What’s the difference between a “want” and a “need”? Not much, when it comes to this category. From a haircut or a car repair to a place to rest your head, there are a lot of ways in which you ask for a helping hand in this town. Here are the best spots for a job well done.
REAL ESTATE AGENT
Runner-up: Jordan Hague
Honorable mention: Paul McArtor
Buying a home for the first time is a daunting prospect, so it can help to have a mentor who understands. Readers say Heather Griffith is the one to guide them through the process. She specializes in helping newbies, whether they’re unfamiliar with the city of Charlottesville or to the home-buying process as a whole. And from their gushing online reviews, the newbies are grateful for the calm, enthusiastic guidance. Meanwhile, Jordan Hague brings a flipper’s perspective and business acumen from past employment with Dell Inc. to home-buying negotiations.
REAL ESTATE COMPANY
Runner-up: Montague, Miller & Co.
Honorable mention: Roy Wheeler Realty Co.
For those new to the city (and overwhelmed by its many neighborhoods, nooks and attractions), the Nest Realty website serves as a comprehensive introduction to Charlottesville: Video tour everything from the Downtown Mall to sprawling farmland, or sink your teeth into the stats of the Charlottesville real estate market with carefully curated graphs and charts. The site provides a window into the complexities of the local home-buying scene. Nest helps you navigate. Meanwhile, runner-up Montague, Miller & Co. boasts 78 real estate agents ready to assist you in finding your dream house.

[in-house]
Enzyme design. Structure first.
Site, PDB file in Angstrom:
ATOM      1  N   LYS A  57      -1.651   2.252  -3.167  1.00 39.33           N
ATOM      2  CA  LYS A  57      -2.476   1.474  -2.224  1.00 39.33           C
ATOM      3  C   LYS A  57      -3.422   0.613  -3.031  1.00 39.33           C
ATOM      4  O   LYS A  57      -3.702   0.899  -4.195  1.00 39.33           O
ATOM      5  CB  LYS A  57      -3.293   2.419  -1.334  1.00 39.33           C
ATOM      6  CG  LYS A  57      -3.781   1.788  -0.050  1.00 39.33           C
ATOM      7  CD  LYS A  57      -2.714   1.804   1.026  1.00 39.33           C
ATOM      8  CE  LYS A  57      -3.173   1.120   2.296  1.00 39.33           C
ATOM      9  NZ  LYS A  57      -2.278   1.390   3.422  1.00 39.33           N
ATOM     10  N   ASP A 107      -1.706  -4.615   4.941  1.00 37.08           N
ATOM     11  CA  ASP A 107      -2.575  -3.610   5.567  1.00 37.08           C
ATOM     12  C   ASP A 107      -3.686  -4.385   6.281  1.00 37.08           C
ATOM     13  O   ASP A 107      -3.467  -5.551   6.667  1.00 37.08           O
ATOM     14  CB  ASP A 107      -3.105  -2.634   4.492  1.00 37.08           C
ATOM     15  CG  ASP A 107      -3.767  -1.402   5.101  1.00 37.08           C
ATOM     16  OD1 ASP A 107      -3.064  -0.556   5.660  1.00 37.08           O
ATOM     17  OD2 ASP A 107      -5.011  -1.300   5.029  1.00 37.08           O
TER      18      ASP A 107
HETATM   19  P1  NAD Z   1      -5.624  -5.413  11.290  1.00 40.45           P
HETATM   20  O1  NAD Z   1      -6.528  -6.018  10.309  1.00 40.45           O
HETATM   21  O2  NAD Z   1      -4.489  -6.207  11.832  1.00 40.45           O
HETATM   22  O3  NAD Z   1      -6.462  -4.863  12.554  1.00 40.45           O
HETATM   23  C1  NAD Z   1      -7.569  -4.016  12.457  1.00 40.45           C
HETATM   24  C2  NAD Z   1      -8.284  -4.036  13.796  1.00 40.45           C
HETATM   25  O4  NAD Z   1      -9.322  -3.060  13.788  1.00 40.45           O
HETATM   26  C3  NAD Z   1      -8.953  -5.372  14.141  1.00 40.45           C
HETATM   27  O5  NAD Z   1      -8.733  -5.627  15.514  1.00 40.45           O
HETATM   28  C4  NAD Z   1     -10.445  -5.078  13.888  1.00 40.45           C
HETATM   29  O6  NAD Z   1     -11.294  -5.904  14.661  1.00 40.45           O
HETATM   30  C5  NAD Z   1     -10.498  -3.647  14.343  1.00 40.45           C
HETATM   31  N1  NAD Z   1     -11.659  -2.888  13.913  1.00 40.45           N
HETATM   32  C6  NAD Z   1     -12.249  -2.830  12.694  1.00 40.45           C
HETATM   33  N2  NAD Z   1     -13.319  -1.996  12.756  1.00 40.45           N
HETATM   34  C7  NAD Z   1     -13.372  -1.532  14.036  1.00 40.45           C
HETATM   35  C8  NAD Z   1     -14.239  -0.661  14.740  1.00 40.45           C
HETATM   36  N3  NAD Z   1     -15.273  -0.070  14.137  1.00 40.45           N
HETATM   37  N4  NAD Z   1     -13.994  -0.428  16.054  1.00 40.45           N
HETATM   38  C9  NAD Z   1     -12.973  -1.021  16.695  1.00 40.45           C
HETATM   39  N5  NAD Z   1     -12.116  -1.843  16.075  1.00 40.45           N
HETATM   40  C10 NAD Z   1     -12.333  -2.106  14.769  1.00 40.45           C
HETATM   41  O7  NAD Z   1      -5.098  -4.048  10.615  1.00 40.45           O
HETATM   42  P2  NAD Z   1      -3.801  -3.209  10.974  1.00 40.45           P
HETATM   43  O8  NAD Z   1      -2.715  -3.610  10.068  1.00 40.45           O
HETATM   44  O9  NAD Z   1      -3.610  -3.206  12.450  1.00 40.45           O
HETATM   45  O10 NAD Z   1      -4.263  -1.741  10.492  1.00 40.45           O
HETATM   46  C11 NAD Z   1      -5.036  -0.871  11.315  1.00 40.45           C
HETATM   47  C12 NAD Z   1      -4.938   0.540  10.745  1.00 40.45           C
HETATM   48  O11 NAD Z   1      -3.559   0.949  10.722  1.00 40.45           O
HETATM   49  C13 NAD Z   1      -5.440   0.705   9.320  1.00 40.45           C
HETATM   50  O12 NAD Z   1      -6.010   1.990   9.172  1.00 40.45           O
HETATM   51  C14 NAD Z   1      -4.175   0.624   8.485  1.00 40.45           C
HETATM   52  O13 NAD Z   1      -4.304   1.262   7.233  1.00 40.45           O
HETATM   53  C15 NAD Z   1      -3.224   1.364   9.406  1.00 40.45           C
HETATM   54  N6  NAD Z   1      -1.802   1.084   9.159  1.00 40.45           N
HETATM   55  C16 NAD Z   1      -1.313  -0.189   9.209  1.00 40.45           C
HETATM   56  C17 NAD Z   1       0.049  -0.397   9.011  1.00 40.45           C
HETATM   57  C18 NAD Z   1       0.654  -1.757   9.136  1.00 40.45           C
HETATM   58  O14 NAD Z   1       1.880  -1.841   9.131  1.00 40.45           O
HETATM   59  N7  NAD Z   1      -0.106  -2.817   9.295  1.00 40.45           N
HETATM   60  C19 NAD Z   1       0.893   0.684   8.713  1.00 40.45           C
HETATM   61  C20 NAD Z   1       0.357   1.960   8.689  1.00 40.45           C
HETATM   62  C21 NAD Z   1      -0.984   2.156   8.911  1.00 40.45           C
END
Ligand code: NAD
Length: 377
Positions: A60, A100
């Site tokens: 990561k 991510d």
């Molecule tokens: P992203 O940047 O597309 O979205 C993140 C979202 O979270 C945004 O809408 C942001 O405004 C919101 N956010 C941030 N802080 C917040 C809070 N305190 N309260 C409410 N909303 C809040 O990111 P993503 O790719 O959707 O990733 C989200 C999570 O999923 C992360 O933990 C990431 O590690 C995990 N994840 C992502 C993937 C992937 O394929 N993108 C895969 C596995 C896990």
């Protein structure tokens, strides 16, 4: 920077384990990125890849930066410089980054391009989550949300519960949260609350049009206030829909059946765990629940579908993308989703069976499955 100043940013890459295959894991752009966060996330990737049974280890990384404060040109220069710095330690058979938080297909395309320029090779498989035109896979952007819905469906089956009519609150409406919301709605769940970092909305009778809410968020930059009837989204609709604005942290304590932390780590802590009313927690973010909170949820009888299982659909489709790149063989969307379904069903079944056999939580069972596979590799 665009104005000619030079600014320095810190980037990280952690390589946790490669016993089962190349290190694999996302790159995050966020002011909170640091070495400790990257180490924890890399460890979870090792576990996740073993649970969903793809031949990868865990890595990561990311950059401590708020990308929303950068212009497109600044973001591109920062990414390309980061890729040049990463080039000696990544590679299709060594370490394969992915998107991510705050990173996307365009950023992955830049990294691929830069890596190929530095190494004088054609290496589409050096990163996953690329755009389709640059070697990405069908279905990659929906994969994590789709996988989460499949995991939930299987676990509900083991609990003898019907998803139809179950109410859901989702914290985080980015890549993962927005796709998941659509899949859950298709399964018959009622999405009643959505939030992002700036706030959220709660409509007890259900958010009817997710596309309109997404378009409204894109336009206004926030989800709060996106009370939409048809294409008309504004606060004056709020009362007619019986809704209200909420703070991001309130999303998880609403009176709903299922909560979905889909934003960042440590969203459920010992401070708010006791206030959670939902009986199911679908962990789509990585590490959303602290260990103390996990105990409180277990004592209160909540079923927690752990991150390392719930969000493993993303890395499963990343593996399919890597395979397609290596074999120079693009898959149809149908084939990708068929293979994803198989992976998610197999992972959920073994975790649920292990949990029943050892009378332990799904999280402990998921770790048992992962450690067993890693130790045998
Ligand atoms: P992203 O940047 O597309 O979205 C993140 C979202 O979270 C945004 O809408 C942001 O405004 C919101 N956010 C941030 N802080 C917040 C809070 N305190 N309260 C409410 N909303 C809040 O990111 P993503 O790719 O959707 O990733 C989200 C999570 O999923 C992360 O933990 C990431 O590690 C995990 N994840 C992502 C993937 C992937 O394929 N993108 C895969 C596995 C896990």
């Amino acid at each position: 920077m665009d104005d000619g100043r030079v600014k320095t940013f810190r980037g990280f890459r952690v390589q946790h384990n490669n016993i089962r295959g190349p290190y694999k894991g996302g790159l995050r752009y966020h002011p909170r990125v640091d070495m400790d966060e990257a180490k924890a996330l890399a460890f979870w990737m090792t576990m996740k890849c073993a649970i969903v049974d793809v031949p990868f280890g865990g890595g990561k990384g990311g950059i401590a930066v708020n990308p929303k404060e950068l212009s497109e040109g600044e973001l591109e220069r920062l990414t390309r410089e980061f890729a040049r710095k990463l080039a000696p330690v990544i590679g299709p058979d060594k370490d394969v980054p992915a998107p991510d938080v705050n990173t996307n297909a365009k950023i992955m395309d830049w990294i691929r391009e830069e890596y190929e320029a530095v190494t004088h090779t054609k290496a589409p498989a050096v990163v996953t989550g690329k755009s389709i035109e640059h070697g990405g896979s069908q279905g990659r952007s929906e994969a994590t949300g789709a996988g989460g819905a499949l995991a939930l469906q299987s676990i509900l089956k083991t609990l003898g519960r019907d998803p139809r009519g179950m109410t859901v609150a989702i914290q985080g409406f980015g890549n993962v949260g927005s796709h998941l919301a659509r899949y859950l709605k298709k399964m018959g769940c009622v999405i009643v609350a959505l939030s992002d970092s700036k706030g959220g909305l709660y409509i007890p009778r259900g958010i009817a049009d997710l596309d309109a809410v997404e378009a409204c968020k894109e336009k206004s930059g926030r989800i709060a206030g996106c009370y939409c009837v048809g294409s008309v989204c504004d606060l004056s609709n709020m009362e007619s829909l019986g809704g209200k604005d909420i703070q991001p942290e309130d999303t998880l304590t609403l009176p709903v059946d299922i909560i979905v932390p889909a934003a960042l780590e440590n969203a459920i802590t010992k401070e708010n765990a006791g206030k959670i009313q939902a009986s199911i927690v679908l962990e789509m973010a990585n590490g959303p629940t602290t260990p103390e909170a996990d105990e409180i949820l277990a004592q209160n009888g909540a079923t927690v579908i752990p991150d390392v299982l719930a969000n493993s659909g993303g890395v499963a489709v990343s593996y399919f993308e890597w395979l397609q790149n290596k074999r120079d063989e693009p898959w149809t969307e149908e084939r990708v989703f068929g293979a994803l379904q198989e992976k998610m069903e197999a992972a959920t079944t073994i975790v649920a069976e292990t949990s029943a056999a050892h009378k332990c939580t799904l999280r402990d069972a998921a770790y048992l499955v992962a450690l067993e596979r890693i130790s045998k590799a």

Runner-up: Stanley Martin Homes
Honorable mention: Alexander Nicholson
Hire local. That’s the unofficial motto of Southern Development, which in 2015, said that about three quarters of its employees were area contractors who had been with the company for the better part of a decade. That kind of consistency inspires loyalty, and this local dedication (and the fact that SD provides services as both a developer and a homebuilder) means that Southern Development has an edge on the competition. Meanwhile, with 50 years of experience and offices across Virginia and Maryland, Stanley Martin Homes comes in as a reliable runner-up.
Town & Country Services
Runner-up: J.W. Townsend Landscapes
Honorable mention: D & D Lawn Care
Town & Country Services goes big —with sports turf and grounds management—and then it goes home (to your home). From weed management to aerification to goose control to topdressing, the 44-year-old business gets your vote for specialty landscape requests. In second place, J.W. Townsend Landscapes offers expert help in everything from maintaining native wildflower meadows to container gardening.
Word on the street
Search for Fitzgerald’s Tires on Instagram and there are only a handful of photos that aren’t portraits of folks in front of the Belmont spot’s famed wall. It’s been there four years now, after conceptual word artist Richard Montoya approached the director of the Charlottesville Mural Project. Montoya often uses text-based imagery in his work to produce visual plays on words, and he had an idea.